"It's worse than that, much worse."
Date Submitted: 9/11/2017
I was in fourth grade, homeschooled at the time. That day, my mom (the teacher) let me and my brother have a late morning, and we were relaxing in the living room watching Spongebob Squarepants with my dad. A call came in, and my mother got it in the kitchen. I don't remember what she said- it was one of her sisters calling- but all the sudden she rushed over and shouted for dad to turn to the news station, any news station. Me and my brother were miffed because we wanted to watch cartoons, but they turned it on to see the first tower in flames. While both me and my brother were confused and couldn't comprehend it, my parents were shocked and terrified- especially when the second tower was hit just moments after we turned it on. Mom sent us up to our rooms to get dressed- and said that we would have classes upstairs (away from the TV. I didn't understand the impact of this moment, and I asked "Is it bad, mom?" "It's really, really bad sweetie." Turning to my dad, I asked again if it was bad- if it was worse than the Titanic (that's the only major tragedy I really knew then). "It's worse than that, much worse."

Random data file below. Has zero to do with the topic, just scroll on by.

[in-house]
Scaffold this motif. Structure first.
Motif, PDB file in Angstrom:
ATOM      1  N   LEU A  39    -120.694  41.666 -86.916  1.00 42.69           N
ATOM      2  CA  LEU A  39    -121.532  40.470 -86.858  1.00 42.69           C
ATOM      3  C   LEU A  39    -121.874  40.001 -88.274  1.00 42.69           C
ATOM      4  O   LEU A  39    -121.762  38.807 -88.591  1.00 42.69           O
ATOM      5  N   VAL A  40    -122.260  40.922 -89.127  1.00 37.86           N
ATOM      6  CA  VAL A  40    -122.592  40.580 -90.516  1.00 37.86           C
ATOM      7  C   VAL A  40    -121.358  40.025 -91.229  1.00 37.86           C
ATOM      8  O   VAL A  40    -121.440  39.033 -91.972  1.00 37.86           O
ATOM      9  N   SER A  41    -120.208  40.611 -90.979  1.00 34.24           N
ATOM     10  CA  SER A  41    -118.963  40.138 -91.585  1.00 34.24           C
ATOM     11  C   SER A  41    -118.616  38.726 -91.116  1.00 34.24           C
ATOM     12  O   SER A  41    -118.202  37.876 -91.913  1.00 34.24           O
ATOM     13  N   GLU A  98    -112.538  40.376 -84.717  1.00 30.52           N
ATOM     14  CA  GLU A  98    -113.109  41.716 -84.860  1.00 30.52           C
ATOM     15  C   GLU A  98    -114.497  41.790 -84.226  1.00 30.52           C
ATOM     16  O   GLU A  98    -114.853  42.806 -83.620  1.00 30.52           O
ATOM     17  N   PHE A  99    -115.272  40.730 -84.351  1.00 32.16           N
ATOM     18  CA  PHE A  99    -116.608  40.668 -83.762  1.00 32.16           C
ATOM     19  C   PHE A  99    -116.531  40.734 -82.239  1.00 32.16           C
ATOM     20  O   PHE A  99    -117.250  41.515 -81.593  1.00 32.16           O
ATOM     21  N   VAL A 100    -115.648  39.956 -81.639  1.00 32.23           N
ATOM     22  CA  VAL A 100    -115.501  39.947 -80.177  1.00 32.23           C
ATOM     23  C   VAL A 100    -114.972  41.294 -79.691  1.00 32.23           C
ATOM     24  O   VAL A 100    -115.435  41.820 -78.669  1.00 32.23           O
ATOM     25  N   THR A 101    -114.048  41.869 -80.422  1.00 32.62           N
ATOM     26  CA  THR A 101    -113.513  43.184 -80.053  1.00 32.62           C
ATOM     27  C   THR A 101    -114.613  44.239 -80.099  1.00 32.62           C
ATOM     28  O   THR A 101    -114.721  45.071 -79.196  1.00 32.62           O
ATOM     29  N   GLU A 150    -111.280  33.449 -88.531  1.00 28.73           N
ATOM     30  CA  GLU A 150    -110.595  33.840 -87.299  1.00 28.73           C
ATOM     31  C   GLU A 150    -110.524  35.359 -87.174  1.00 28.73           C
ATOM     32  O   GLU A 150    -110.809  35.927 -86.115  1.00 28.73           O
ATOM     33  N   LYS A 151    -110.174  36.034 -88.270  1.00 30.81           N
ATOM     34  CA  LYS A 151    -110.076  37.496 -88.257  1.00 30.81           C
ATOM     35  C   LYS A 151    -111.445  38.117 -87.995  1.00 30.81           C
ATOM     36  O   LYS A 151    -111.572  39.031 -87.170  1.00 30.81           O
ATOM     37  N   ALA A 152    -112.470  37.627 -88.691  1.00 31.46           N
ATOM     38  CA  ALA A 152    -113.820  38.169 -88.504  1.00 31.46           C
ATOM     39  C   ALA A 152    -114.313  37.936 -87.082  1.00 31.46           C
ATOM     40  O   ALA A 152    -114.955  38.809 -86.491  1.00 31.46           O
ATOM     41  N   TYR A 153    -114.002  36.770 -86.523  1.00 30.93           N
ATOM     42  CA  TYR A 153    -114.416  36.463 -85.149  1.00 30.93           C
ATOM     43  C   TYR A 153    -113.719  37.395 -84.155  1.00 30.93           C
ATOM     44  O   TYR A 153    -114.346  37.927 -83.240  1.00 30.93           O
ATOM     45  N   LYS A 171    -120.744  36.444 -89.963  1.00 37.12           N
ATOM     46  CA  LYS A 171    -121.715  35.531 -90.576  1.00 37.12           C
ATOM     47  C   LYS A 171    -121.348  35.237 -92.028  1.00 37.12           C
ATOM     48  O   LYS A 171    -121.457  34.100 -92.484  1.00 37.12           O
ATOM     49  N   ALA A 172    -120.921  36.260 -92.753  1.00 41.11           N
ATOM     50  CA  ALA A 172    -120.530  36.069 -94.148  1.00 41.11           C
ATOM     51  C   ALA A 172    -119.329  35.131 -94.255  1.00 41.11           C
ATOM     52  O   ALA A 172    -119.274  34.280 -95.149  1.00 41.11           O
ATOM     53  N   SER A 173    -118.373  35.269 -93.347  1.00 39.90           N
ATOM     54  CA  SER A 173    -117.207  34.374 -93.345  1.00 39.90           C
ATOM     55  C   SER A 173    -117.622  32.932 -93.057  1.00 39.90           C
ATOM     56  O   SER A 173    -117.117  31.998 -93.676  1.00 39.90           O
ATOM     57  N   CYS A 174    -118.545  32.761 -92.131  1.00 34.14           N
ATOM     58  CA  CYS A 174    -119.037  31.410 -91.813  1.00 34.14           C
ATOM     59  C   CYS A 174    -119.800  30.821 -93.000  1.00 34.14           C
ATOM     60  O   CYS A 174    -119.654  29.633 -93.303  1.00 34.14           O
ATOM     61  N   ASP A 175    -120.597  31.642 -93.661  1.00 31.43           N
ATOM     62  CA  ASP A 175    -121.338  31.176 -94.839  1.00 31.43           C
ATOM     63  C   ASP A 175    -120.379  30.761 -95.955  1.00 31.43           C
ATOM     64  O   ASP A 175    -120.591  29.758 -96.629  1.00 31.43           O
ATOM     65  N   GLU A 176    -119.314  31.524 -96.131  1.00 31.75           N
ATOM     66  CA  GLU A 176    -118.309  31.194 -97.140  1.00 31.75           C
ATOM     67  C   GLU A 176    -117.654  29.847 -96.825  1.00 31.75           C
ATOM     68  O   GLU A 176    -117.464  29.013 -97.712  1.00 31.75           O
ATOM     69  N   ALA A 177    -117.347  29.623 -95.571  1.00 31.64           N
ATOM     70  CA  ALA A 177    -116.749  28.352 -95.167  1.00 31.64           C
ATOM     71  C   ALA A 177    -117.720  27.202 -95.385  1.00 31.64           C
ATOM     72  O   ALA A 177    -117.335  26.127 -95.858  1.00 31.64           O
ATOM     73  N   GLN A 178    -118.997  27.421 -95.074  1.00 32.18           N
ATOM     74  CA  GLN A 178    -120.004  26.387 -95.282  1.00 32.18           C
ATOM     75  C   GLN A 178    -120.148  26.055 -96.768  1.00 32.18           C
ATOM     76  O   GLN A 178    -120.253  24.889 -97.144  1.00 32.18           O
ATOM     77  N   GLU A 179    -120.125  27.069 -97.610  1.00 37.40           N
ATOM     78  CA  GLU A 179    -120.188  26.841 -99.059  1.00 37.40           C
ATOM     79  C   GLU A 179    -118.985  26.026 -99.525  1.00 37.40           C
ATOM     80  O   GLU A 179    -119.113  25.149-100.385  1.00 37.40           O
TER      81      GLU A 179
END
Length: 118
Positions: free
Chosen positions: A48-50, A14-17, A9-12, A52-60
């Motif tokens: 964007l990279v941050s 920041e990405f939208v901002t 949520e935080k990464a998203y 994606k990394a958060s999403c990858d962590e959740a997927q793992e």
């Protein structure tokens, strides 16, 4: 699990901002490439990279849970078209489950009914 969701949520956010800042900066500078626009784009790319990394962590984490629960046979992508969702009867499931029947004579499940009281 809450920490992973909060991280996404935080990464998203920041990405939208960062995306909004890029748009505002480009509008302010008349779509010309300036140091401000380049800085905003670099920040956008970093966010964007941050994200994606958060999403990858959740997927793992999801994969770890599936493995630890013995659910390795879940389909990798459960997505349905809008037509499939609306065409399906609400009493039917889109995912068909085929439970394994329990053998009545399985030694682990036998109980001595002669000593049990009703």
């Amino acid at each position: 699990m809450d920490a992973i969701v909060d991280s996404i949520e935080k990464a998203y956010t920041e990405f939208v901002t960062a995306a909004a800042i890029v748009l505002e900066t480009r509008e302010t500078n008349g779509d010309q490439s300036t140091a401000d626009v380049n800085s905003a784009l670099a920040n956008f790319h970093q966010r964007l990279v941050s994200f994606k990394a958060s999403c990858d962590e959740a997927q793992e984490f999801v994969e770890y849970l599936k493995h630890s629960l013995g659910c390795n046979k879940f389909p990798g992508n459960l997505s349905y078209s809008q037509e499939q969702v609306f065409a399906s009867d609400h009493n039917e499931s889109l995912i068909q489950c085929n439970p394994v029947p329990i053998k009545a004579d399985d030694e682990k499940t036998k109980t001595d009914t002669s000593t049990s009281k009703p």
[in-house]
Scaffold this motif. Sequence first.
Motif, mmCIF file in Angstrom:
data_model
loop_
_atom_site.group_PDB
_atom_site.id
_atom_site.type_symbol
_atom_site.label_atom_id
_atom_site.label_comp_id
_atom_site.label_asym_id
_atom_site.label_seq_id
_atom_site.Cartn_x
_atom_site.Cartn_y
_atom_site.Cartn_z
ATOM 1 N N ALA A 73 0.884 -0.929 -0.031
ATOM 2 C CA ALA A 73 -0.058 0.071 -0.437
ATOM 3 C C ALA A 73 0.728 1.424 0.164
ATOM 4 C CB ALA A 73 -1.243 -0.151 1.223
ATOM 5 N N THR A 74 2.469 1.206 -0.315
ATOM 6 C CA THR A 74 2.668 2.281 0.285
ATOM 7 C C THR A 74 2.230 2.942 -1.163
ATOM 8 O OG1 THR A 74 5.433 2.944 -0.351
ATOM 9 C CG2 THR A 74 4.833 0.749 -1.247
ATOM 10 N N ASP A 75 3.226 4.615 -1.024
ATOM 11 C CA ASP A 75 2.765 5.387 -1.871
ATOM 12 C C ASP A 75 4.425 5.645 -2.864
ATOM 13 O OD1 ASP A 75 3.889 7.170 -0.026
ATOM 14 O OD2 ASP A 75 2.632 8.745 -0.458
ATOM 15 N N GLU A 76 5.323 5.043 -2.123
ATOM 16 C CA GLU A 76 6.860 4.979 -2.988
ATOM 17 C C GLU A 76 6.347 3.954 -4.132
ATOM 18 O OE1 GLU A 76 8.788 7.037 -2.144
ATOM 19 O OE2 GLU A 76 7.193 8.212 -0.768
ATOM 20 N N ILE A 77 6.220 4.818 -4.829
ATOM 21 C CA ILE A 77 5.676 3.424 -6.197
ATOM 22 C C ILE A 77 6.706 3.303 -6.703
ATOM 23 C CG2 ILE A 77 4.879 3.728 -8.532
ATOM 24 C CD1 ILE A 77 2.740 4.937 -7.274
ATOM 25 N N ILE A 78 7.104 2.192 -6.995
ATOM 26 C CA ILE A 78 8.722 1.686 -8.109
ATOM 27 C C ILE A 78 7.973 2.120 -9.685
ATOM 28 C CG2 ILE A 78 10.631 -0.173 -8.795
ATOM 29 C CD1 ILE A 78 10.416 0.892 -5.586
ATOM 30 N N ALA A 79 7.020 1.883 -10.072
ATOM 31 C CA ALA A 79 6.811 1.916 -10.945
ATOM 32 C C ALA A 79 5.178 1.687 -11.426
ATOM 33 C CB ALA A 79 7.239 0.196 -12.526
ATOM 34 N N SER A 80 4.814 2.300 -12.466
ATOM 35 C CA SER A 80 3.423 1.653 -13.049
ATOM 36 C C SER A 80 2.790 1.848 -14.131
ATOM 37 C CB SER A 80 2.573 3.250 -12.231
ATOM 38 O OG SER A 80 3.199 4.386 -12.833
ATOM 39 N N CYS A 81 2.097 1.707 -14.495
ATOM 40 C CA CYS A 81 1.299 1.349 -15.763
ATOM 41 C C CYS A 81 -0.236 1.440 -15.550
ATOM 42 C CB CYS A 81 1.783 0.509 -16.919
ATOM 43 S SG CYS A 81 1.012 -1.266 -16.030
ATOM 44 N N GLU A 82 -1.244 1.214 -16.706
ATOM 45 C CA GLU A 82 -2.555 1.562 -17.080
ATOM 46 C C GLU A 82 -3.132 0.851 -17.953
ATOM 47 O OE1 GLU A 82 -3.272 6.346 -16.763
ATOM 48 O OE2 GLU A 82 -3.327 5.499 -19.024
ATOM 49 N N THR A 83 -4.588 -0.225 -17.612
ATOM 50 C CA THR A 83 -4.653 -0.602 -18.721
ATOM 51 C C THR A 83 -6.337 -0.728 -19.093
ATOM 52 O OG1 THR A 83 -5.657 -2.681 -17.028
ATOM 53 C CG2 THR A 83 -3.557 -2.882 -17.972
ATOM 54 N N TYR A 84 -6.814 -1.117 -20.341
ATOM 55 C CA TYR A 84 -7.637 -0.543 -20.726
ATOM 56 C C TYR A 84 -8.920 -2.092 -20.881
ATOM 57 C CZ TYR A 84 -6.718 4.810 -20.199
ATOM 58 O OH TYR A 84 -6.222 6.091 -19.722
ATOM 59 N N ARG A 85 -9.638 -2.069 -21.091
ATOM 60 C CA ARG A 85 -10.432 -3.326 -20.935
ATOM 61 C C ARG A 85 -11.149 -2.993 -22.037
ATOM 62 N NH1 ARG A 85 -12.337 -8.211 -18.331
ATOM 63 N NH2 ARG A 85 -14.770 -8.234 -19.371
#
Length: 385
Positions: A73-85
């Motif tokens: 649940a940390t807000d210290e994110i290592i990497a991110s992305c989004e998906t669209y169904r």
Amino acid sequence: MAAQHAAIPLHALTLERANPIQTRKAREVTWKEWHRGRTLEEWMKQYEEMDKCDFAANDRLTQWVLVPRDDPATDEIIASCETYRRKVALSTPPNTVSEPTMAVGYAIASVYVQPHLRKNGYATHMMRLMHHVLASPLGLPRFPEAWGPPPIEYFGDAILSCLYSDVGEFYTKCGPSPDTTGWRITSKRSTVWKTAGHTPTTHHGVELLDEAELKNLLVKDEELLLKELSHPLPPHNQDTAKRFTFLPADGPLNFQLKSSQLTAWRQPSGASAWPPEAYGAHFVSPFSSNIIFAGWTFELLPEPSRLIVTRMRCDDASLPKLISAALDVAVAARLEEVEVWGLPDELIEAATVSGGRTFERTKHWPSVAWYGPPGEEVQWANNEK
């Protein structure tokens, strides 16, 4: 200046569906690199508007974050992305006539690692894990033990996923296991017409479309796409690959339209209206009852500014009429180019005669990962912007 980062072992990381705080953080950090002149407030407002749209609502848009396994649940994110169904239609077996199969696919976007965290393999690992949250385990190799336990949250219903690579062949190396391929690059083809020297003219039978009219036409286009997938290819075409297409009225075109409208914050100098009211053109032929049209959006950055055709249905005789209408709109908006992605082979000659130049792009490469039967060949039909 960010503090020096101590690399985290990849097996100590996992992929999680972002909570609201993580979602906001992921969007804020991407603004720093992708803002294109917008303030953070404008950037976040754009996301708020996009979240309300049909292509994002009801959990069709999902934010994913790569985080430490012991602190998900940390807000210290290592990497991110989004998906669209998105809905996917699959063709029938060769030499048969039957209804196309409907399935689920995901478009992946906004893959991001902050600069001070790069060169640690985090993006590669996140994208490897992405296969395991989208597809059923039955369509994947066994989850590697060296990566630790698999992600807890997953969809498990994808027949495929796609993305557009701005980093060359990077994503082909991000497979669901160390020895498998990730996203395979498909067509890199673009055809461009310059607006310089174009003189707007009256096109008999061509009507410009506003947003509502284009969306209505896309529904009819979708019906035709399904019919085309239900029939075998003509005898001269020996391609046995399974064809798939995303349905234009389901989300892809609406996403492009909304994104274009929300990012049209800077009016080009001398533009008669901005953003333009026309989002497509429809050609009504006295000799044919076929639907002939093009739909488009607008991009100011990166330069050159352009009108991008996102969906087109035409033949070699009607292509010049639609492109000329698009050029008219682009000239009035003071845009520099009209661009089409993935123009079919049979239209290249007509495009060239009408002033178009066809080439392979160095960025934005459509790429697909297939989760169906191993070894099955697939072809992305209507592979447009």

I found out in later years my dad left while we were doing school and grabbed a ton of emergency supplies. It had been complete chaos at the stores, apparently others having similar thoughts. My parents were convinced it was the end, and we would be going to war.
To be fair, they weren't wrong.
As America confronts these tragic circumstances, it is imperative that the situation is not compounded by expressions of religious or ethnic intolerance. The greatness of our nation rests on the exceptional diversity of religions, nationalities, and ethnic backgrounds which characterize its people.
Statement of the U.S. Commission on Civil Rights